# Analysing AC-Coupling differential opamp configuration

I built an audio DSP board based on CS4272 and used its reference design for the output section. The signal is getting extremely distorted when summed signal exceeds ~0.7Vpp. (Rail voltages 0V-5V and OPAMP is OPA1642 rail-to-rail type, so nearly 5Vpp should be possible.)

Now I want to modify the output circuitry but I don't really understand how to analyse and dimension this. As far as I understand it's a differential opamp configuration but extended with some filters.

1. Can someone help me analyzing this circuitry and how to modify it to reduce the gain? How to calculate high pass characteristics?

2. Question: Why is it necessary to have additional frequency filters when we already have a 22uF AC-Coupling capacitor in the end?

• The values are very imbalanced. Is this a vendor-recommended circuit? Commented Jun 3, 2019 at 12:11

The common mode input voltage range for the OPA1642 is: -

(V–)–0.1 (V+)–3.5 V

This means that if you have a power supply of 0 volts and 5 volts, the input range is -0.1 volts to +1.5 volts i.e. it will heavily distort the input signal because it is biased at 2.5 volts DC.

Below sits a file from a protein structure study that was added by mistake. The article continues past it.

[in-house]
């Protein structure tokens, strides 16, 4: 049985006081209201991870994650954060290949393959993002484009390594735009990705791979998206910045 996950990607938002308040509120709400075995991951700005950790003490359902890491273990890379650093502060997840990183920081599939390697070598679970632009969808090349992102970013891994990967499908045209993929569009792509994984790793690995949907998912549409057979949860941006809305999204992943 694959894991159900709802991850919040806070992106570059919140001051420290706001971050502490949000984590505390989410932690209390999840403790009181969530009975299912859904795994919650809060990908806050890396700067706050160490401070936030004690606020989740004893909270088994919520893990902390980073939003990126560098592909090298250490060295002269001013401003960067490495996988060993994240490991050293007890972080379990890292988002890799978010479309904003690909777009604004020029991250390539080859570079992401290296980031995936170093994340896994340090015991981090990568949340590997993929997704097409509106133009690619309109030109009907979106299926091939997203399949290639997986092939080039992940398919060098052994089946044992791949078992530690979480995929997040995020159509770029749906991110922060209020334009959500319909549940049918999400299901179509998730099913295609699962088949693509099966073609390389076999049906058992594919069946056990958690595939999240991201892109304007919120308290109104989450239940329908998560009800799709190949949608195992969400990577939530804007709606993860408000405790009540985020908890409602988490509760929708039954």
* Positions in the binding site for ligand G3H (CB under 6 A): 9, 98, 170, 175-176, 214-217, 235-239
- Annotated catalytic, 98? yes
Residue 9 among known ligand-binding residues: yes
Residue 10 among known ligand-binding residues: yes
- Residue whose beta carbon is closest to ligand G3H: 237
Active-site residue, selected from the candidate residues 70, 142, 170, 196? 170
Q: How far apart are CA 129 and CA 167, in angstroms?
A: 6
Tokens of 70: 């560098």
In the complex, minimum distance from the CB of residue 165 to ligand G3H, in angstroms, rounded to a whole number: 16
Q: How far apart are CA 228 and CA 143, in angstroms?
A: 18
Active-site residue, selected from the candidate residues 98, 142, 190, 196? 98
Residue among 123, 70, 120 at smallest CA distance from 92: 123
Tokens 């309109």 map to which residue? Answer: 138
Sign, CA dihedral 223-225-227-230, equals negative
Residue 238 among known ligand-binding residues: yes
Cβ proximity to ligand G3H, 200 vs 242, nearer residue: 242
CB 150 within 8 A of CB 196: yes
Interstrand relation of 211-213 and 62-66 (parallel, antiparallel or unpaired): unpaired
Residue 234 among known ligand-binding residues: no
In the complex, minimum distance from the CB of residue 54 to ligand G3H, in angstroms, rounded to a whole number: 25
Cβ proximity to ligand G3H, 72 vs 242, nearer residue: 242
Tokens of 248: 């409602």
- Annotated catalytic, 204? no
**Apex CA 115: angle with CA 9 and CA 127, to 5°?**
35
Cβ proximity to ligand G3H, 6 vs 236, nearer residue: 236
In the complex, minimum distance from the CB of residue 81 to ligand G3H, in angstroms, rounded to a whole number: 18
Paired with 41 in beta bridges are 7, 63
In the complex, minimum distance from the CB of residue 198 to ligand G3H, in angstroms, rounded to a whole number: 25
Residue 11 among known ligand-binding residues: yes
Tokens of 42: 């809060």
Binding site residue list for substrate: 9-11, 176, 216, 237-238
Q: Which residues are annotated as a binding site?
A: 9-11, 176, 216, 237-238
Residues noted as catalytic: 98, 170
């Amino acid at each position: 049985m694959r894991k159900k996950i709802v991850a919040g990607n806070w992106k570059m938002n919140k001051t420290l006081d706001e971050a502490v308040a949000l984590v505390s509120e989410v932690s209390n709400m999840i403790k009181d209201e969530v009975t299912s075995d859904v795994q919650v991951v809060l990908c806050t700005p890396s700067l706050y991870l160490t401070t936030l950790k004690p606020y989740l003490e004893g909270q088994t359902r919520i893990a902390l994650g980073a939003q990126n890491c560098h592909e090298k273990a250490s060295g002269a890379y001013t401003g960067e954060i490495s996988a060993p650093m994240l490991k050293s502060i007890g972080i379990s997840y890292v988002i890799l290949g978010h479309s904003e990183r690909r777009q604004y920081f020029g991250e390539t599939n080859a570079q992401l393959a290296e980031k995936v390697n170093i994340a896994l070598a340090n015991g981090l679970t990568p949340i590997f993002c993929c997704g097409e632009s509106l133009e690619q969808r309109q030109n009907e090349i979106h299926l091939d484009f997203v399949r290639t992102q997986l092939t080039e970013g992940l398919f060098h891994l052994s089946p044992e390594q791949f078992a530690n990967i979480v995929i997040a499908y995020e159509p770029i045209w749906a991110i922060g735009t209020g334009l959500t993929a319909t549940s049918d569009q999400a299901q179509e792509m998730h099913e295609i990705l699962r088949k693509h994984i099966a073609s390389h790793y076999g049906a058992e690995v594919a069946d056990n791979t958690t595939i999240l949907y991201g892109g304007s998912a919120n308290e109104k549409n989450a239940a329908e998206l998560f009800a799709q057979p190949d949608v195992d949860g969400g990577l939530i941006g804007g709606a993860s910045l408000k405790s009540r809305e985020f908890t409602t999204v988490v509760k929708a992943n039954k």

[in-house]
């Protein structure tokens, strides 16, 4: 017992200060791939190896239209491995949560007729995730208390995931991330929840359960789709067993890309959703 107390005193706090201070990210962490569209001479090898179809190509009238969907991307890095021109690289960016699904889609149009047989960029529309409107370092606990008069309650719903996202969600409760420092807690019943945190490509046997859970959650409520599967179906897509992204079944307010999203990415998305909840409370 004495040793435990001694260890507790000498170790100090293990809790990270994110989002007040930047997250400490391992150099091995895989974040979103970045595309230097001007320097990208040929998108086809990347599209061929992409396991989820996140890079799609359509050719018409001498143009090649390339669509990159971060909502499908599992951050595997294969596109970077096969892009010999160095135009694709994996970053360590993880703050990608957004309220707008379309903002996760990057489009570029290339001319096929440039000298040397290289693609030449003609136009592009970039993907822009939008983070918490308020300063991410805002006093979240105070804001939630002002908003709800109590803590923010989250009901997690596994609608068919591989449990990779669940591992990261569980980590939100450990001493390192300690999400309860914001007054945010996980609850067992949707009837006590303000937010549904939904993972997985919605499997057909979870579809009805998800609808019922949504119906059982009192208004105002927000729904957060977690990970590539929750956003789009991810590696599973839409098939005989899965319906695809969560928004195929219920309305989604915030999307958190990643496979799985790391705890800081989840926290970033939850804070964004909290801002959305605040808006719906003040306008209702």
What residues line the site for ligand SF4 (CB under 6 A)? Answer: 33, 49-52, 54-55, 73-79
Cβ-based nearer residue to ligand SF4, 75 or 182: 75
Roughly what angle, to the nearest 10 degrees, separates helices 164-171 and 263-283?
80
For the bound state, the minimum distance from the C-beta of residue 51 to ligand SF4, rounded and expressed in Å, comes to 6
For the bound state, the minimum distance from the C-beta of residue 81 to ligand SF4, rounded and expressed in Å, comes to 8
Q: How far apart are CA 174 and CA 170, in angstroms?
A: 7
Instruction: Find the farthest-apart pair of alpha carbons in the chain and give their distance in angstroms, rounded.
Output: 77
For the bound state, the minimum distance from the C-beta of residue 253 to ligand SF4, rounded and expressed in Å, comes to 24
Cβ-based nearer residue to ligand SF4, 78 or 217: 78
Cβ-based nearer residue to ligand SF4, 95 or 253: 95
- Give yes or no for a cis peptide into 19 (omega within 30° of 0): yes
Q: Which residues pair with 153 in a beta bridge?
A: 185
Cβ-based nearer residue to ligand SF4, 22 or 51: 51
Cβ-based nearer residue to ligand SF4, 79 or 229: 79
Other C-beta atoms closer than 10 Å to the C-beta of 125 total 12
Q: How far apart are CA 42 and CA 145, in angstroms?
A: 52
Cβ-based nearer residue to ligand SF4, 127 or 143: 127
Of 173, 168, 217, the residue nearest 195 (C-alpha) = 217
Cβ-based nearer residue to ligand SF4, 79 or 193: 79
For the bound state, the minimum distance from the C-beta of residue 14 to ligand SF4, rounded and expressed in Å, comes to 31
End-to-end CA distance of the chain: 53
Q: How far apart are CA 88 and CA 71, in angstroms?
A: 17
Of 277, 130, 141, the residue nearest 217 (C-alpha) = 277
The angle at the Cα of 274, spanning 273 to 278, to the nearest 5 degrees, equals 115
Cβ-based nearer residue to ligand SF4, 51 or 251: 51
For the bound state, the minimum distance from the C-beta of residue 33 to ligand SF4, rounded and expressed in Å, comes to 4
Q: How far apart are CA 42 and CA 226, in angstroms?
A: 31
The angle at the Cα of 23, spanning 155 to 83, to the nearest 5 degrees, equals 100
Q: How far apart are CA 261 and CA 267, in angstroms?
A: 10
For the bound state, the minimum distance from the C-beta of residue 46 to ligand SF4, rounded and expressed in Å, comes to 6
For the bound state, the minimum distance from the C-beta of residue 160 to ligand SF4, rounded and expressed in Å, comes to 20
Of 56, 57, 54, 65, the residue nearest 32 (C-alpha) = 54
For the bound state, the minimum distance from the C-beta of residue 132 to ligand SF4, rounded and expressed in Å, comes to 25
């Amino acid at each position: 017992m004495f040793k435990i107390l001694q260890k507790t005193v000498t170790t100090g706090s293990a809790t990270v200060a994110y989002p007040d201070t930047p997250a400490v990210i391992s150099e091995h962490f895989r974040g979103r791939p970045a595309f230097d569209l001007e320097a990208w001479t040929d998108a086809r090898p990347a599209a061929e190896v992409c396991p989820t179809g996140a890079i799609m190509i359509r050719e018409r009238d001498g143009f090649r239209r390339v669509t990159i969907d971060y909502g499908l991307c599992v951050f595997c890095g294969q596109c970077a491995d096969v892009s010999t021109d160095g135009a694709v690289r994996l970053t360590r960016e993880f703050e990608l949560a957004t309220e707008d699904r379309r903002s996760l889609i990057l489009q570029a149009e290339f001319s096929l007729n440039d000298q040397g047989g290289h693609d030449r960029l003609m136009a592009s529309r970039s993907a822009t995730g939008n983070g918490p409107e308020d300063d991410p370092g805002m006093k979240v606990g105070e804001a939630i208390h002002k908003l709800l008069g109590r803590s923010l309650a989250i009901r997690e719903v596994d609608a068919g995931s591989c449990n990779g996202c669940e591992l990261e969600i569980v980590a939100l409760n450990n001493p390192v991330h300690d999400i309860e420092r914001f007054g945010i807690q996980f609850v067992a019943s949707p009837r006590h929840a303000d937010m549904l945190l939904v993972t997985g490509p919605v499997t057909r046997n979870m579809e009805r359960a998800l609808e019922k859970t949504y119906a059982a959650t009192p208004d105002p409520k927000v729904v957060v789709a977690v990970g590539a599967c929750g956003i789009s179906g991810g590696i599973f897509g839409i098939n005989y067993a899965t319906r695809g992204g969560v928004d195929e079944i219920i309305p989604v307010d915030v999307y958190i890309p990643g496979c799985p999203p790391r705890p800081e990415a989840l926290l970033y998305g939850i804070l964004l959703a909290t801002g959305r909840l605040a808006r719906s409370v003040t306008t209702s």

OPAMP is OPA1642 rail-to-rail type

No it isn't. The output is specified as being "rail-to-rail" but the input range certainly isn't.

Can someone help me analyzing this circuitry and how to modify it to reduce the gain? How to calculate high pass characteristics?

My recommendation is that you acquire a free simulation tool (like micro-cap) and simulate the circuit in order to further your understanding of how it works and what the frequency response is.

Why is it necessary to have additional frequency filters when we already have a 22uF AC-Coupling capacitor in the end?

There may be some low pass filtering required and certainly, the 470 pF and 1.5 nF, offer some of that.

• Yep. Now I learned that rail-to-rail output doesn't automatically mean rail-to-rail input. Thank you very much. This explains the distortion issue. I will pick a suitable opamp and test with it. However, I still would like to understand how to analyze this circuit. I already simulated it in LTSpice and can adjust the gain changing the resistor but they influence the freq. filter responses. Empiric setting of those values is not the solution. And analysis doesn't seem to be trivial. Commented Jun 3, 2019 at 9:30
• There is no single resistor value you can change to properly give a gain change. Also, given the balanced nature of the AOUT+ and AOUT- and, that they are fairly low output impedance, I see no persuasive reason to have a circuit that is so imbalanced in the values. I.e. 4.42 kohms versus 1.33 kohms is a little bizarre. Clearly the RC times constants are identical i.e.6.8 nF and 1k33 is the same time constant as 2.2 nF and 4.42 kohm. So, if you want to change the gain I would go for a secondary gain stage. Commented Jun 3, 2019 at 10:14